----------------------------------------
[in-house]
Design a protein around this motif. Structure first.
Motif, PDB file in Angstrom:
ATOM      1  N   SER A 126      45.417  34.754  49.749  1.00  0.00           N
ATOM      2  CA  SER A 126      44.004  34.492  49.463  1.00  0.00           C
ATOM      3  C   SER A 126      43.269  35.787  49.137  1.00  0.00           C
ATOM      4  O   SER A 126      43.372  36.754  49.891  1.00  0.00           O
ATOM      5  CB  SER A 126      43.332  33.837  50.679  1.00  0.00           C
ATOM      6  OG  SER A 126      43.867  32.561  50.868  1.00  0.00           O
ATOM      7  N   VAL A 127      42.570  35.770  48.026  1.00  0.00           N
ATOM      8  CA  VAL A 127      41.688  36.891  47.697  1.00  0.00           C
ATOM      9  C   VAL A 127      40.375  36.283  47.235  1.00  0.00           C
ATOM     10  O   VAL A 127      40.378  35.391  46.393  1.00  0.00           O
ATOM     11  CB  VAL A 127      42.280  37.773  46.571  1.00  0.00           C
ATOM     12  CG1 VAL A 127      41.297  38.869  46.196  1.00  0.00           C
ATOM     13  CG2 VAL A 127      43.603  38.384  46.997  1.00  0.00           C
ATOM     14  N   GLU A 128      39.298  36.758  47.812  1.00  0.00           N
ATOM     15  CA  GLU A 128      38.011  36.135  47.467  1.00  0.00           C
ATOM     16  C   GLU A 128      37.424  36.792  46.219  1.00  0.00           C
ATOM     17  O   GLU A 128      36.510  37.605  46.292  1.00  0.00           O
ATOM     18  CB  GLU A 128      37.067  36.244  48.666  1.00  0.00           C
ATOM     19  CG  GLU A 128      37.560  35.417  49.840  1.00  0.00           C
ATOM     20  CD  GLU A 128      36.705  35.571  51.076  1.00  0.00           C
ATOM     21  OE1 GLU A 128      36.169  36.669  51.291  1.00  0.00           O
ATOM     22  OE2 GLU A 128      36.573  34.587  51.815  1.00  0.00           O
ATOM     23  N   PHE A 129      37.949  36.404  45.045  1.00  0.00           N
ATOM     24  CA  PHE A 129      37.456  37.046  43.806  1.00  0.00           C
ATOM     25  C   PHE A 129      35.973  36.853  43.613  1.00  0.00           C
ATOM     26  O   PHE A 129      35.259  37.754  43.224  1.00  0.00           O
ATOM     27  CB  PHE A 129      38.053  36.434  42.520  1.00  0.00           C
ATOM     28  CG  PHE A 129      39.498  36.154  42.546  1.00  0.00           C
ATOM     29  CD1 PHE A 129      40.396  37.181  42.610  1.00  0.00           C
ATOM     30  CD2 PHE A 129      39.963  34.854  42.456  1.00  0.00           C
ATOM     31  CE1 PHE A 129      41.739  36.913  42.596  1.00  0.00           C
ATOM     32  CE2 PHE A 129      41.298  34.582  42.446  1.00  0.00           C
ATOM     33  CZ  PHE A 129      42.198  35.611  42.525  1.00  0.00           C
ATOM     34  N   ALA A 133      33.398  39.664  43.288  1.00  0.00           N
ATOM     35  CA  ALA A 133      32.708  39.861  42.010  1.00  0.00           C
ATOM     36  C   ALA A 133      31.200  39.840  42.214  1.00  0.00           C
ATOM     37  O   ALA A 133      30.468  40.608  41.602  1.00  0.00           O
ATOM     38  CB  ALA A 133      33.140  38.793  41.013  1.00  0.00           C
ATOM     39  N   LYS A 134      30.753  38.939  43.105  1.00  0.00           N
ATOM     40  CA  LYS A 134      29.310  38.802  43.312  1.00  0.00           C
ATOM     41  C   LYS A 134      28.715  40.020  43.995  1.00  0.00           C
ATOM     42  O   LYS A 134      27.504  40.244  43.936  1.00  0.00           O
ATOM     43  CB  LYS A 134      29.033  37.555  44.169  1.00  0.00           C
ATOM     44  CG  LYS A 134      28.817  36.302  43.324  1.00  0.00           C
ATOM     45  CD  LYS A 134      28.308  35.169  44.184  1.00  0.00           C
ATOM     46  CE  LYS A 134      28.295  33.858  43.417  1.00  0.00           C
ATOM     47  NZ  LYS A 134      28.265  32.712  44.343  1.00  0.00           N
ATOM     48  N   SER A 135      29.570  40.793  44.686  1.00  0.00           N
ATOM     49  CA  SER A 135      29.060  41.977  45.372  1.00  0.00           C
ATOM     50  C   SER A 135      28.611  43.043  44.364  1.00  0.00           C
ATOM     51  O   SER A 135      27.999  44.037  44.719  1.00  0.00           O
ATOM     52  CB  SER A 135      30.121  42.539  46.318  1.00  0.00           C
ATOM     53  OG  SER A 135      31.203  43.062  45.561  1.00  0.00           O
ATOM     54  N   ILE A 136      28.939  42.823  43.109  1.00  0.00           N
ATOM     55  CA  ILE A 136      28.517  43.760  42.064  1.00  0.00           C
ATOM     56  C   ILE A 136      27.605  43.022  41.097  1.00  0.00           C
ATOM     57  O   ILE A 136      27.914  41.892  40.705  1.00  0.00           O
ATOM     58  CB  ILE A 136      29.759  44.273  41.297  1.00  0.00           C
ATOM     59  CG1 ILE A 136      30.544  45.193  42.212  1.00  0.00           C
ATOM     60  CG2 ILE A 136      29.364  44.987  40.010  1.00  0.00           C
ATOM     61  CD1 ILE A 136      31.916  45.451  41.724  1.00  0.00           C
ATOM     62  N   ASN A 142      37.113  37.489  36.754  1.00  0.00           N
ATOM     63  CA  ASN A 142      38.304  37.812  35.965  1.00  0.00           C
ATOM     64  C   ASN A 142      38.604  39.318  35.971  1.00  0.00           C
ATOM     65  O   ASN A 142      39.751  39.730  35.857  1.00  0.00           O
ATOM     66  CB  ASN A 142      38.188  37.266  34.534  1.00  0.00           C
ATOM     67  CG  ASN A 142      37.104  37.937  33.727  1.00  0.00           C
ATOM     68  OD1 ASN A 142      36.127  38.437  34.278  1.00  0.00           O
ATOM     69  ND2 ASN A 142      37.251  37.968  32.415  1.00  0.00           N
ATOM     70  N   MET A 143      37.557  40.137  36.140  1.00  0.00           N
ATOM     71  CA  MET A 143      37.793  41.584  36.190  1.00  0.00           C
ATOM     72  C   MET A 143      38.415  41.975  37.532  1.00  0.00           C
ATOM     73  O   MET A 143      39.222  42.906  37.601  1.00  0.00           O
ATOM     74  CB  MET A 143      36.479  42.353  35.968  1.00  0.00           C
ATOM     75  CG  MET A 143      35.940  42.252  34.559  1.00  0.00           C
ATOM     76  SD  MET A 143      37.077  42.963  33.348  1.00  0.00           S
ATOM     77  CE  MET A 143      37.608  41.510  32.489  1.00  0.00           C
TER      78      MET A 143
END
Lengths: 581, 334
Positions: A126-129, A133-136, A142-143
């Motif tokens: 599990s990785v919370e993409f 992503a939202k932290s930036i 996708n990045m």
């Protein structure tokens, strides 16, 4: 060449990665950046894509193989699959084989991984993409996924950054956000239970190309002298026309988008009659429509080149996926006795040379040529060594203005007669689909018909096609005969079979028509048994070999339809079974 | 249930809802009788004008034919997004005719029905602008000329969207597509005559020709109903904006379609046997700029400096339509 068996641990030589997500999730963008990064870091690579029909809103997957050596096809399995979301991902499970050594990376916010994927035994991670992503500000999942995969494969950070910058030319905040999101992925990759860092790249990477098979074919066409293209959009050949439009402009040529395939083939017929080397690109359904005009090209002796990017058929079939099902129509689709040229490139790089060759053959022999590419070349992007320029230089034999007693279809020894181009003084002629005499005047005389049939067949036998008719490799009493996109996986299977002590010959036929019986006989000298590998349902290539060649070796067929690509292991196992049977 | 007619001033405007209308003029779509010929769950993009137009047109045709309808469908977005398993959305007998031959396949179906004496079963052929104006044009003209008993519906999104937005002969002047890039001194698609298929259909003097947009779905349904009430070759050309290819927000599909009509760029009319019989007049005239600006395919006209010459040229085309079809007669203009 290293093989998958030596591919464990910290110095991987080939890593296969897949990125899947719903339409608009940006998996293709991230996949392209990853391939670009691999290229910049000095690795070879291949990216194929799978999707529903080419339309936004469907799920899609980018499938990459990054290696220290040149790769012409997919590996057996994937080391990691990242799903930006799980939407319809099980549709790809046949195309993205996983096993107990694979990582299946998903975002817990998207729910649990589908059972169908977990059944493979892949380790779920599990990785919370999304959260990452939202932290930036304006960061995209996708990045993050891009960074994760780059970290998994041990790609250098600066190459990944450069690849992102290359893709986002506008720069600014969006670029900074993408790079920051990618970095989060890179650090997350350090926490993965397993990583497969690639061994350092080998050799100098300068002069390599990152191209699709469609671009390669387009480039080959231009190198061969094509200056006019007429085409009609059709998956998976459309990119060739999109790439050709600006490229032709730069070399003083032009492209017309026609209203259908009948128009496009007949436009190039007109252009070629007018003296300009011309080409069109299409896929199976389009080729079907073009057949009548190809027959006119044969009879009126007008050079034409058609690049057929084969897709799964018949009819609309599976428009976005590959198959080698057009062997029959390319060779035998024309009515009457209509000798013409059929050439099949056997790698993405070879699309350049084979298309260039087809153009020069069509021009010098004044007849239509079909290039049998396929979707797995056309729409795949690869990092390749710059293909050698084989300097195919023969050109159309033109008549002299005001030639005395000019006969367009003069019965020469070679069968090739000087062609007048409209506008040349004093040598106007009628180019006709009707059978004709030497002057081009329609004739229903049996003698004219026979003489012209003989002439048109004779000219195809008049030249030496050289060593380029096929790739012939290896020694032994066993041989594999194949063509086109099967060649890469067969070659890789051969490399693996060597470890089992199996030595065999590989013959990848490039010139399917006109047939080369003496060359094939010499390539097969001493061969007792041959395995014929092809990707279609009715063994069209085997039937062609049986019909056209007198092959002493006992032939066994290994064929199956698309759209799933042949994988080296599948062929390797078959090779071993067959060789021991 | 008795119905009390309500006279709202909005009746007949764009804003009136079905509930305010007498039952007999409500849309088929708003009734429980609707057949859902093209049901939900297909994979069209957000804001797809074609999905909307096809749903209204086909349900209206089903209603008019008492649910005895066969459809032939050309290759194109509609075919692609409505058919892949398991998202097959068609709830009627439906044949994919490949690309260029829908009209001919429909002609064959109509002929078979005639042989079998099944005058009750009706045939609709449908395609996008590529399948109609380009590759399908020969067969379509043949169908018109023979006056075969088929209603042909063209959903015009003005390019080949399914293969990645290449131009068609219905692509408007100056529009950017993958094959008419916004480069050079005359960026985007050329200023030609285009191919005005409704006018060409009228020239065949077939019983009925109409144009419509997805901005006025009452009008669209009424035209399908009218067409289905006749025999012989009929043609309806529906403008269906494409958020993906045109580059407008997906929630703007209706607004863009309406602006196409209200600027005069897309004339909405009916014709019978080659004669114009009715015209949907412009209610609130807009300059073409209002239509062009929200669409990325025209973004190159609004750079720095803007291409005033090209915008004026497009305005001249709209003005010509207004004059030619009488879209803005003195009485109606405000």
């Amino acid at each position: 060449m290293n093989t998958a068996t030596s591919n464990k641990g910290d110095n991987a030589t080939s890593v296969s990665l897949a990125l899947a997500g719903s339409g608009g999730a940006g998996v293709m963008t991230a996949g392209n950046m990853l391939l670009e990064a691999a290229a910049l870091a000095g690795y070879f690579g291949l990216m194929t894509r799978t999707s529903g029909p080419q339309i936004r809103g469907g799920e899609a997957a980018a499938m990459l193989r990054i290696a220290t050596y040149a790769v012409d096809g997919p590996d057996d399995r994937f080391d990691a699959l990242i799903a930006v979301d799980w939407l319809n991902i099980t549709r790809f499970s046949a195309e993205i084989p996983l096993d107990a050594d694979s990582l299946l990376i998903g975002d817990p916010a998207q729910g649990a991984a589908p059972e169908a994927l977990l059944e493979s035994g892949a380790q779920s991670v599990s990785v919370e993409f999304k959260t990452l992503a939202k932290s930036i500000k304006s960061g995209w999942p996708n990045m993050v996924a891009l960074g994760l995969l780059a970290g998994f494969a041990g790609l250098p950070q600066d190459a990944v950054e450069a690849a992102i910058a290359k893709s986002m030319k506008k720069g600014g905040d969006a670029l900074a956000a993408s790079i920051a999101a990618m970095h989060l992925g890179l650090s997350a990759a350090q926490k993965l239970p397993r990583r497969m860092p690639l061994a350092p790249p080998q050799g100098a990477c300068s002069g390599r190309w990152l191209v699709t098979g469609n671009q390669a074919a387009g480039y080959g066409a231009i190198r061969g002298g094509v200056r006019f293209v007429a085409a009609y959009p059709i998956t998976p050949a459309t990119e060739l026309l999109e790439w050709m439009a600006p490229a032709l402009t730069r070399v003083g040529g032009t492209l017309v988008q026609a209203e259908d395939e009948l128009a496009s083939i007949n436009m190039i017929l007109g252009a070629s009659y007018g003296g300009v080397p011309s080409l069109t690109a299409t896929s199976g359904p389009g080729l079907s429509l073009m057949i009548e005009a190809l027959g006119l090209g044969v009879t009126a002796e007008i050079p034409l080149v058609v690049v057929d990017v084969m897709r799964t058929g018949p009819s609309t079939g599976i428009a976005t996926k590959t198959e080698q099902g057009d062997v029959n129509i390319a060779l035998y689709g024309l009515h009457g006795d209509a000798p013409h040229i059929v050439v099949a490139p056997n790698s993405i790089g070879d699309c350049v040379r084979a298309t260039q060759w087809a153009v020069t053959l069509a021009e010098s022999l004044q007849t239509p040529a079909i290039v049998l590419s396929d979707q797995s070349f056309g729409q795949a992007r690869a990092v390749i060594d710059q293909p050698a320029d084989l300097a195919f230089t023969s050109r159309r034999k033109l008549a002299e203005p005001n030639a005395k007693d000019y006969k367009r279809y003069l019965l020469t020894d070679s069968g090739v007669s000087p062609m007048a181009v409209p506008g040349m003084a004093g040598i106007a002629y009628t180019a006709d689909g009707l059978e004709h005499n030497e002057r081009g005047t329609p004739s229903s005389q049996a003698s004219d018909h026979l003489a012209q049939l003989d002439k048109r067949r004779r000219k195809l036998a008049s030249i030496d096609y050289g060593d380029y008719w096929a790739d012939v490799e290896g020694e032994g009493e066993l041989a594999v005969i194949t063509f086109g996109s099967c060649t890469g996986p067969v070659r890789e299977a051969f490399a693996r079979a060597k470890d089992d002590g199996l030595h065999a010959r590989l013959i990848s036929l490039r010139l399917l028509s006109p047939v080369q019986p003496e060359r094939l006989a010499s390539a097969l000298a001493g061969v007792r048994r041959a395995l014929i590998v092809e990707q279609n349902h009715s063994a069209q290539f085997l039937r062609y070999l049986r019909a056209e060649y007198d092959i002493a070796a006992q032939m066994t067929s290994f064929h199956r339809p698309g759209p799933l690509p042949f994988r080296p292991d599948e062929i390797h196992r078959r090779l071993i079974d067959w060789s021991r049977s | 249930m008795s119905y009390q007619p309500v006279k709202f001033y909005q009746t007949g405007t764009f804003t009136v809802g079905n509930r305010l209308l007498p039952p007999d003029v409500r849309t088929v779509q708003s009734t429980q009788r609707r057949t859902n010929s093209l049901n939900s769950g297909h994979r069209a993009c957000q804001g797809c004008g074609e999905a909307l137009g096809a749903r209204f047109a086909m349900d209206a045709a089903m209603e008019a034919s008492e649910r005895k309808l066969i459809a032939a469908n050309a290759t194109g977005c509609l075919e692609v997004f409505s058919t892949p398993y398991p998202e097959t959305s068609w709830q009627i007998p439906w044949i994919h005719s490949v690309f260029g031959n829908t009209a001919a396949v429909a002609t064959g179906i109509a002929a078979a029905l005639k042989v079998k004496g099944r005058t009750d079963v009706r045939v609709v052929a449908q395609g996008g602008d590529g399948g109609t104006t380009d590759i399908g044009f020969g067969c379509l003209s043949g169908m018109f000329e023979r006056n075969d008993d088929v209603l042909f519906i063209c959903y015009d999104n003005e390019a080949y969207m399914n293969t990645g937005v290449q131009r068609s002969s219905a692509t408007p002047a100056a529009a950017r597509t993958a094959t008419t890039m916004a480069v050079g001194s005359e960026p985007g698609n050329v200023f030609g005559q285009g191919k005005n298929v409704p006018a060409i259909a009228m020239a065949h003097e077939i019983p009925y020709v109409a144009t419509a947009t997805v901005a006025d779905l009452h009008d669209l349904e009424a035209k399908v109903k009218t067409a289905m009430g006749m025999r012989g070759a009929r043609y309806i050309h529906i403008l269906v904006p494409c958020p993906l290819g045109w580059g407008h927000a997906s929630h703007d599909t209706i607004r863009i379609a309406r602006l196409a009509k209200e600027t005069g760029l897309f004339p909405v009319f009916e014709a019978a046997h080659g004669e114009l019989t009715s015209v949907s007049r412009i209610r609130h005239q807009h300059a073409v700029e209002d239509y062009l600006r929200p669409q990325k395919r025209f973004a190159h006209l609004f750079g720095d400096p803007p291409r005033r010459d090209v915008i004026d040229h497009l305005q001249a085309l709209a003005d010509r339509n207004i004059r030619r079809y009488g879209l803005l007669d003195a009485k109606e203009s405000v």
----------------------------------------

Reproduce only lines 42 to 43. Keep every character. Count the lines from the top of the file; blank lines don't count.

ATOM     39  N   LYS A 134      30.753  38.939  43.105  1.00  0.00           N
ATOM     40  CA  LYS A 134      29.310  38.802  43.312  1.00  0.00           C